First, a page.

Fishies and phoneography

First off, a big WHOOHOO!!! for being included in The Daily Post’s phoneography favorites for March! The staff chose my “My Neighborhood” post to include in the roundup of their favorite entries. It always feel good to be recognized πŸ™‚

Second: one good thing about working in an island resort is that the water is only a couple of meters away πŸ™‚ Beat the summer heat this afternoon by diving our house reef. I used having to download my water temperature sensor data as an excuse. Heehee. That and I volunteered to take photos of one of our guests doing his Bubblemaker course πŸ™‚ Aside from taking pictures of a 9-year-old during his first scuba experience, I also got to take some pretty good pictures of our resident bigeye scad (Selar crumenopthalmus). Swimming through a school of fish who totally ignored my presence was a surreal experience. I tried moving away so that I could take better wide-angle photos but nothing doing. The water was just too shallow and the school was just too big!

Fish in the light
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Window through the darkness
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Just might become one of my all-time favorite photos.
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I said on Facebook that I wish I had extra-clear water for that perfect shot. Jayvee said that the water was already pretty clear. It was pretty clear but you could still see some backscatter. He said I should get strobes. I said he should give me the money for them πŸ˜›

Along the wall


I prefer taking landscape photos instead of wall photos but hey, if the view is nice, anything goes πŸ™‚ Thank you Sir Bobbit for being an excellent model!

Lagen Wall, Lagen Island, El Nido, Palawan, Philippines.

Soft corals on the wall

I willingly admit that wall dives aren’t my favorite kind of dive. I prefer wide open reef flats to hugging a wall and seeing nothing on the other side. Maybe it’s my claustrophobia kicking in: I’m also not fond of night dives, despite the amazing critters that come out once the sun sets. Despite the anxiety, I found myself fascinated by the stuff growing on the Lagen Wall. This soft coral was the prettiest of the bunch.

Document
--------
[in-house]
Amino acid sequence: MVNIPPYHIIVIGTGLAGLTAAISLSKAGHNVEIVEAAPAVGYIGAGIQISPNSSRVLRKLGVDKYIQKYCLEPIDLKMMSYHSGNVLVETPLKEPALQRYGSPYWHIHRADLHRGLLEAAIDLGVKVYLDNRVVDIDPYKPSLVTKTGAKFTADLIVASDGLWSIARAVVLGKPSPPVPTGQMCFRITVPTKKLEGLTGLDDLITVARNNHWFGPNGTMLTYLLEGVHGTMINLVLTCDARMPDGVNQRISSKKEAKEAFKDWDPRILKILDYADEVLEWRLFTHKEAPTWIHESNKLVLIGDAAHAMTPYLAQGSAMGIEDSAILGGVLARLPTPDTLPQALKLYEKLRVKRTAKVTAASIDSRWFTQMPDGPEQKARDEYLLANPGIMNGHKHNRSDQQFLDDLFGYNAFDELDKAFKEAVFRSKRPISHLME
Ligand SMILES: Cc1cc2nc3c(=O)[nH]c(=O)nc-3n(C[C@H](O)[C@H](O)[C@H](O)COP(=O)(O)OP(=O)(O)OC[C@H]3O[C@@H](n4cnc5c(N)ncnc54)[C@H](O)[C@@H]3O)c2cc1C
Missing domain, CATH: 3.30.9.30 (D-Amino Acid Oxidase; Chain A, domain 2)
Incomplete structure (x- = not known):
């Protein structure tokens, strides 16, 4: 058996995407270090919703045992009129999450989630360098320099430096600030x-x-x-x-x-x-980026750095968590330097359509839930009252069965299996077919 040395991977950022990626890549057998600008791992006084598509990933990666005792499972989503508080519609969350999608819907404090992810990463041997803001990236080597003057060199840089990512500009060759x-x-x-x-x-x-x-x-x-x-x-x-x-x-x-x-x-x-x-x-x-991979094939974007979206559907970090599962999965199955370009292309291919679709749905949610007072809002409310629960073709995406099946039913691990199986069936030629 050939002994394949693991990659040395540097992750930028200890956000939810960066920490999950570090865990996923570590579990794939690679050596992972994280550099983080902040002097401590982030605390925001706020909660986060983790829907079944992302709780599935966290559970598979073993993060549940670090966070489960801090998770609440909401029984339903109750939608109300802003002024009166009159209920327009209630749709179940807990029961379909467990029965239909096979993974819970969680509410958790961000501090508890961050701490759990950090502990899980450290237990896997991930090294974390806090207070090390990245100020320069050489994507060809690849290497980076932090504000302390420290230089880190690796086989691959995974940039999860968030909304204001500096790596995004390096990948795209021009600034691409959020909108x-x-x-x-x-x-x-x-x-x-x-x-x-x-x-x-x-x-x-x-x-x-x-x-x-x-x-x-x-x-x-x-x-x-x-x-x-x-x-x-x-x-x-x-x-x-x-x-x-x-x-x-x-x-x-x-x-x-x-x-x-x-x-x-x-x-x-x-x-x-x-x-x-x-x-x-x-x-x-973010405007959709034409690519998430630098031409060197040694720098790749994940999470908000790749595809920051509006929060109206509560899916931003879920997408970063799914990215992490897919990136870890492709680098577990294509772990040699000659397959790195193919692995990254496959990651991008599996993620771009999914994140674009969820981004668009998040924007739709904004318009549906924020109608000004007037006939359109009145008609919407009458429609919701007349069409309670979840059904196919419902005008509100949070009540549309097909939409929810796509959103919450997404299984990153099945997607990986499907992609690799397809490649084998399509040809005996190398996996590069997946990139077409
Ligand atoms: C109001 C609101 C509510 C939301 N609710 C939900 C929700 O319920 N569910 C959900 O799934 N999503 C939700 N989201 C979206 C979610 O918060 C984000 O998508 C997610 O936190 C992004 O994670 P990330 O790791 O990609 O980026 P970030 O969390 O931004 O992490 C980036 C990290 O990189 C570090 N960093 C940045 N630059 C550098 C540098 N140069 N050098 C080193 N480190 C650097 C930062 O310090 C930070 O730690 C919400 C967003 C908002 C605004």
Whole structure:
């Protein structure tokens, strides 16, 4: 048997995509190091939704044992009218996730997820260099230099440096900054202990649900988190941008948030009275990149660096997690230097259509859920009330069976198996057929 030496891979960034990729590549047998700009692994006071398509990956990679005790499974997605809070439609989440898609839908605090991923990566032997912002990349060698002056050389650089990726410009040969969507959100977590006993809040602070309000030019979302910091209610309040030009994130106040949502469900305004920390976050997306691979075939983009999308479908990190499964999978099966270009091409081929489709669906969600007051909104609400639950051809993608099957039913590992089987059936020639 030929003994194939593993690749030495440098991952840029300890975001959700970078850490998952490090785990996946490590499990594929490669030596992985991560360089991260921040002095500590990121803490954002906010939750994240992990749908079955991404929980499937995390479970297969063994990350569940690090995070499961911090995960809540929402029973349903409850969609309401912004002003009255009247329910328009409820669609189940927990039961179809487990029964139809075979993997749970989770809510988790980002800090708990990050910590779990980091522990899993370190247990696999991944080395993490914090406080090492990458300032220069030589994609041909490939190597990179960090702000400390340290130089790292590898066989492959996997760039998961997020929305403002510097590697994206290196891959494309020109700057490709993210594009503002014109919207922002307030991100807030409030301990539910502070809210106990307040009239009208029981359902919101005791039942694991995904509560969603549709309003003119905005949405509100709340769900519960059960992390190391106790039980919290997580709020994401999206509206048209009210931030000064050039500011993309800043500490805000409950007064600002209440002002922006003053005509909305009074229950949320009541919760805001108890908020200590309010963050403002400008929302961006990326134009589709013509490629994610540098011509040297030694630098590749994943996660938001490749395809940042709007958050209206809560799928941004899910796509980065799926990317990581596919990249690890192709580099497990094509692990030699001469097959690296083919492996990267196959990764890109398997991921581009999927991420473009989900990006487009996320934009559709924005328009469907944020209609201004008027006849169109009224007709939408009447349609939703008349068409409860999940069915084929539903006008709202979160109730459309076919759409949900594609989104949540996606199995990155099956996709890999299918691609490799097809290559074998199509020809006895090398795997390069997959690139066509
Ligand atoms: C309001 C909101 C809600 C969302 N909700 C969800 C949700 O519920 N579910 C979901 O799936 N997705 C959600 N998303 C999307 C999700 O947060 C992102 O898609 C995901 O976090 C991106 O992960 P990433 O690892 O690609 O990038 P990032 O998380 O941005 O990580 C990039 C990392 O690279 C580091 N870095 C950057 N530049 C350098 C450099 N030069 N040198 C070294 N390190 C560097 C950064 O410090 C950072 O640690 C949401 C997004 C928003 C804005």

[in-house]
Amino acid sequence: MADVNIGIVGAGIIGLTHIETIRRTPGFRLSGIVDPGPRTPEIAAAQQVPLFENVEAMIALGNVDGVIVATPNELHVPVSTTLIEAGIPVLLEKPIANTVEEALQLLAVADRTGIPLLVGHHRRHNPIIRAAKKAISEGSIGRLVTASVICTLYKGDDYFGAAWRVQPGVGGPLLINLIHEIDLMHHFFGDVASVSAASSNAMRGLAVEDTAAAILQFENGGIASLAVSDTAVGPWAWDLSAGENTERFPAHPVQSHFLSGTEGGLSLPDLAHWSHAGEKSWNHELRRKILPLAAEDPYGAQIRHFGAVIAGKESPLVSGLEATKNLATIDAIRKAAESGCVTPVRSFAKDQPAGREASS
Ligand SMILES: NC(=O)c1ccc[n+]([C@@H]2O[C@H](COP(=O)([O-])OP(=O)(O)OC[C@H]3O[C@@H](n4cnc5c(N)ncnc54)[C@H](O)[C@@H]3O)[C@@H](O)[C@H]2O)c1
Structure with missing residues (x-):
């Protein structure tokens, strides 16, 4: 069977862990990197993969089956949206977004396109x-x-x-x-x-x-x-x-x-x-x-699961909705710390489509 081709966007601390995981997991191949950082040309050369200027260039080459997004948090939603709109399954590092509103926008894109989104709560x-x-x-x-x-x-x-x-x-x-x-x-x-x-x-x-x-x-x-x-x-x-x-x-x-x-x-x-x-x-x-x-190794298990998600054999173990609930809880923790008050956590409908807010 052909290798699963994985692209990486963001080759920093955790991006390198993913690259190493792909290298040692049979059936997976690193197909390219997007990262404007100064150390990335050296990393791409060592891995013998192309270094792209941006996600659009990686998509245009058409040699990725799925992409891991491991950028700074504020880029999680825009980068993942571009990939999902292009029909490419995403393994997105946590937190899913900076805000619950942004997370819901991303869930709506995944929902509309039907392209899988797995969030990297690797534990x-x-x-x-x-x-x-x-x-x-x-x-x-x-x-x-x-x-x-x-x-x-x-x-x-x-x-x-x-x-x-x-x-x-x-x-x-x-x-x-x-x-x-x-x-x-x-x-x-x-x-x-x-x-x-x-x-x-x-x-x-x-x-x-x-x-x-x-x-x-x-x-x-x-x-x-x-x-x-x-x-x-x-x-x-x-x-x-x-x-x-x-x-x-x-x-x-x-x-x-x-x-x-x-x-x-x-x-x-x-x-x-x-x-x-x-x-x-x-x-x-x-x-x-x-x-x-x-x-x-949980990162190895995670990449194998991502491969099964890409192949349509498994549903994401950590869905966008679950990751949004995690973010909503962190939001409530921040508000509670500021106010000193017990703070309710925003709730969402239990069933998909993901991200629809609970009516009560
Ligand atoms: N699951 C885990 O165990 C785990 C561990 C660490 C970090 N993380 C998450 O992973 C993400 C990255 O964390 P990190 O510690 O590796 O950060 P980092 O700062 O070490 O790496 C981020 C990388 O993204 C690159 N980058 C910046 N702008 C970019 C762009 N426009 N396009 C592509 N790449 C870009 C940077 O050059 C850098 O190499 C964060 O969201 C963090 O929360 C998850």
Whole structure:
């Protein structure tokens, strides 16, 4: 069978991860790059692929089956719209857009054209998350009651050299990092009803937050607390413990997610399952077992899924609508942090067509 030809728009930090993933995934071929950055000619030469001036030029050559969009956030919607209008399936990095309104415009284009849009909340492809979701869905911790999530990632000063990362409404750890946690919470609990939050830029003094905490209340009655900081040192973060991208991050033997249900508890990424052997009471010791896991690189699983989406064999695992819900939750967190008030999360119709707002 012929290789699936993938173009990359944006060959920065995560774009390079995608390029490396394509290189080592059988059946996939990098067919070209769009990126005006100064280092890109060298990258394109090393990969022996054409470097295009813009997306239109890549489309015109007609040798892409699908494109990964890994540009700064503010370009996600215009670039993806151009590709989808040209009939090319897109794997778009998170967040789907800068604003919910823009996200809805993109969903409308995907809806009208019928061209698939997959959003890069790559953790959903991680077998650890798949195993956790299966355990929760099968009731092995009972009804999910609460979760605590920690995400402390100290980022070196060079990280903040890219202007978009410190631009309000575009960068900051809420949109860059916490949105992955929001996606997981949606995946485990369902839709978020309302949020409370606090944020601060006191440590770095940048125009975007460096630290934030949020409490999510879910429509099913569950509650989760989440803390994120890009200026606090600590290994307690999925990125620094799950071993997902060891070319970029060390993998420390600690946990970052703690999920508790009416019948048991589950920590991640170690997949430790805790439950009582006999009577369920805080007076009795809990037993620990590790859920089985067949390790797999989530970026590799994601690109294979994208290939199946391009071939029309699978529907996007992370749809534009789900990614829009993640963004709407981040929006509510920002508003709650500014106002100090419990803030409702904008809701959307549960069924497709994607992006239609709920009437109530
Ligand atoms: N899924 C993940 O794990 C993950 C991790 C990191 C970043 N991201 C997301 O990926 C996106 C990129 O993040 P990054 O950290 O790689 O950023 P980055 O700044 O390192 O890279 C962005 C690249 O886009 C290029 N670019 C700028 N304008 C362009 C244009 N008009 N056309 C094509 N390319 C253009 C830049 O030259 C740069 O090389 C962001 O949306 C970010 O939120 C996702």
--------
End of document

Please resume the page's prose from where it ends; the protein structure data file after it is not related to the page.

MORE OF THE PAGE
Photo taken at Lagen Wall, Lagen Island, El Nido, Palawan, Philippines with just a Canon S95.

Dive El Nido (part 2)

Also known as Entry to Ailsa’s “Oceans” Challenge Part 2. Here are three more photos from the past week of diving we did. I can finally sleep now!

The classic shot of the South Miniloc dive site in El Nido. “South Mini” is known for the field of foliose Turbinaria corals (AKA cabbage corals) and the school of yellow-lined snapper (Lutjanus lutjanus) hovering over it.
The yellow-lined snapper (Lutjanus lutjanus). They’re the main stars of South Mini. I wanted to change the white balance of this photo but unfortunately, the dial on my camera housing wasn’t working πŸ™
Edu picked up a friend during the dive! This little golden trevally (Gnathanodon speciosus) followed us from 20 meters depth all the way back to the boat!

Dive El Nido (part 1)

So. The reason behind the lack of decent posts for the past week is because I’ve been accompanying an underwater videographer during his dives here in El Nido. It may not look it but diving three times a day is exhausting, made especially so by strong currents in the dive sites. The upside? I took some pretty nice photos, I think πŸ™‚

A feather star! Those arm tips are really sticky so don’t get too close.
I swapped out MSI’s tide gauge and temperature sensor and replaced it with my own temperature and light sensor. I programmed the sensor to record the water temperature every 15 minutes.
A sea cucumber! My former college professor (he’s now with the National University of Singapore) tentatively identified it as Bohadschia graeffei.

More photos to come!

More explorations of the Miniloc house reef

I got to take the G12 for its second dive yesterday when the Community Ecology (Comeco) Lab crew came over to Miniloc to check the house reef. Yay friends visiting my workplace! Still had difficulty manipulating the camera to get the look I wanted (so many buttons!) but it was a bit easier this time around. Hopefully it’ll become second nature by the time the 5th dive comes around? Haha!

This surgeonfish is feeding on the turfing algae on the rock. Tentative identification is lined bristletooth (Ctenochaetus striatus)
Renmar dubbed this "The Big Ball of Awesome". This is what the school of bigeye scad (Selar crumenophthalmus) looks like from below.
A schooling bannerfish (Heniochus acuminatus) with no school πŸ™

Today’s money shot is brought to you by:

A blue-spotted stingray (Taeniura lymma) getting cleaned by a cleaner wrasse (Labroides dimidiatus)

Too bad about the suspended particles πŸ™

This would have been the money shot if the parrotfish just stood still for one second more:

A parrotfish (can't tell which species) getting cleaned by a cleaner wrasse